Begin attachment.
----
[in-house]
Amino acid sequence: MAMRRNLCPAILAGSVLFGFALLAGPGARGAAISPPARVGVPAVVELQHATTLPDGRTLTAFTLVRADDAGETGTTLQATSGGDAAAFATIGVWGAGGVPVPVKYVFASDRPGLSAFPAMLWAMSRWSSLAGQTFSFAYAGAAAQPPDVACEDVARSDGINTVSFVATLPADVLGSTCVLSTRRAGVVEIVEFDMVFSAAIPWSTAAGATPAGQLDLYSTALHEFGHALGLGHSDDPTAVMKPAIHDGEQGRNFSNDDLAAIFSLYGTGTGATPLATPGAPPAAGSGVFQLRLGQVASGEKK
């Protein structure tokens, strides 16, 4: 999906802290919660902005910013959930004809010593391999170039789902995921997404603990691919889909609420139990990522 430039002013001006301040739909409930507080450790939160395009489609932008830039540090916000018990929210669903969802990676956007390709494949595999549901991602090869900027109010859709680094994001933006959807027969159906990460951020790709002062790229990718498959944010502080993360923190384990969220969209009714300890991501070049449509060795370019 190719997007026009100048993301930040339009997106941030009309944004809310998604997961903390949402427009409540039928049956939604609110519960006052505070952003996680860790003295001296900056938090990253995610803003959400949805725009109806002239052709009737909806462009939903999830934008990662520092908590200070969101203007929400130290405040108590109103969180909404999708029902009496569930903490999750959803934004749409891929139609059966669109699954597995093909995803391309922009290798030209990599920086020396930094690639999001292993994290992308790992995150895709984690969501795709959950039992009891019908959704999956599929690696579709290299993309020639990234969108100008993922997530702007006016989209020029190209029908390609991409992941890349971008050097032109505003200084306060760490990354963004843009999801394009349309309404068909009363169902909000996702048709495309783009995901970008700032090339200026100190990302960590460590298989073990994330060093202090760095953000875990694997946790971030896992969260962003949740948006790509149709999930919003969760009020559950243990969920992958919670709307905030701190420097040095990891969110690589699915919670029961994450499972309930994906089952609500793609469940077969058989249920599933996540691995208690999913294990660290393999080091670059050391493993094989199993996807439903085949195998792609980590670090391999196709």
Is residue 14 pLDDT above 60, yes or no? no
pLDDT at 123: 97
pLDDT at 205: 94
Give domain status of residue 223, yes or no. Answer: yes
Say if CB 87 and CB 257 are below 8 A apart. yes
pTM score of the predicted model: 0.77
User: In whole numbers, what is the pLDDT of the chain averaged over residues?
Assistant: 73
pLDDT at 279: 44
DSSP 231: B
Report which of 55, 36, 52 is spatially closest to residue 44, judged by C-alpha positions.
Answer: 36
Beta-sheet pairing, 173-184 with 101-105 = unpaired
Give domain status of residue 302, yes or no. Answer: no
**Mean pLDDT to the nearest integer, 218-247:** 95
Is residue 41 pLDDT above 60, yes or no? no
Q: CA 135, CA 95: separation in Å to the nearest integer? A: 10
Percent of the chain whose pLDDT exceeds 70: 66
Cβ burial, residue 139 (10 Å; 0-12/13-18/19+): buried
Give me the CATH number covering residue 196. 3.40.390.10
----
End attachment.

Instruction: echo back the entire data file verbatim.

[in-house]
Amino acid sequence: MAMRRNLCPAILAGSVLFGFALLAGPGARGAAISPPARVGVPAVVELQHATTLPDGRTLTAFTLVRADDAGETGTTLQATSGGDAAAFATIGVWGAGGVPVPVKYVFASDRPGLSAFPAMLWAMSRWSSLAGQTFSFAYAGAAAQPPDVACEDVARSDGINTVSFVATLPADVLGSTCVLSTRRAGVVEIVEFDMVFSAAIPWSTAAGATPAGQLDLYSTALHEFGHALGLGHSDDPTAVMKPAIHDGEQGRNFSNDDLAAIFSLYGTGTGATPLATPGAPPAAGSGVFQLRLGQVASGEKK
């Protein structure tokens, strides 16, 4: 999906802290919660902005910013959930004809010593391999170039789902995921997404603990691919889909609420139990990522 430039002013001006301040739909409930507080450790939160395009489609932008830039540090916000018990929210669903969802990676956007390709494949595999549901991602090869900027109010859709680094994001933006959807027969159906990460951020790709002062790229990718498959944010502080993360923190384990969220969209009714300890991501070049449509060795370019 190719997007026009100048993301930040339009997106941030009309944004809310998604997961903390949402427009409540039928049956939604609110519960006052505070952003996680860790003295001296900056938090990253995610803003959400949805725009109806002239052709009737909806462009939903999830934008990662520092908590200070969101203007929400130290405040108590109103969180909404999708029902009496569930903490999750959803934004749409891929139609059966669109699954597995093909995803391309922009290798030209990599920086020396930094690639999001292993994290992308790992995150895709984690969501795709959950039992009891019908959704999956599929690696579709290299993309020639990234969108100008993922997530702007006016989209020029190209029908390609991409992941890349971008050097032109505003200084306060760490990354963004843009999801394009349309309404068909009363169902909000996702048709495309783009995901970008700032090339200026100190990302960590460590298989073990994330060093202090760095953000875990694997946790971030896992969260962003949740948006790509149709999930919003969760009020559950243990969920992958919670709307905030701190420097040095990891969110690589699915919670029961994450499972309930994906089952609500793609469940077969058989249920599933996540691995208690999913294990660290393999080091670059050391493993094989199993996807439903085949195998792609980590670090391999196709």
Is residue 14 pLDDT above 60, yes or no? no
pLDDT at 123: 97
pLDDT at 205: 94
Give domain status of residue 223, yes or no. Answer: yes
Say if CB 87 and CB 257 are below 8 A apart. yes
pTM score of the predicted model: 0.77
User: In whole numbers, what is the pLDDT of the chain averaged over residues?
Assistant: 73
pLDDT at 279: 44
DSSP 231: B
Report which of 55, 36, 52 is spatially closest to residue 44, judged by C-alpha positions.
Answer: 36
Beta-sheet pairing, 173-184 with 101-105 = unpaired
Give domain status of residue 302, yes or no. Answer: no
**Mean pLDDT to the nearest integer, 218-247:** 95
Is residue 41 pLDDT above 60, yes or no? no
Q: CA 135, CA 95: separation in Å to the nearest integer? A: 10
Percent of the chain whose pLDDT exceeds 70: 66
Cβ burial, residue 139 (10 Å; 0-12/13-18/19+): buried
Give me the CATH number covering residue 196. 3.40.390.10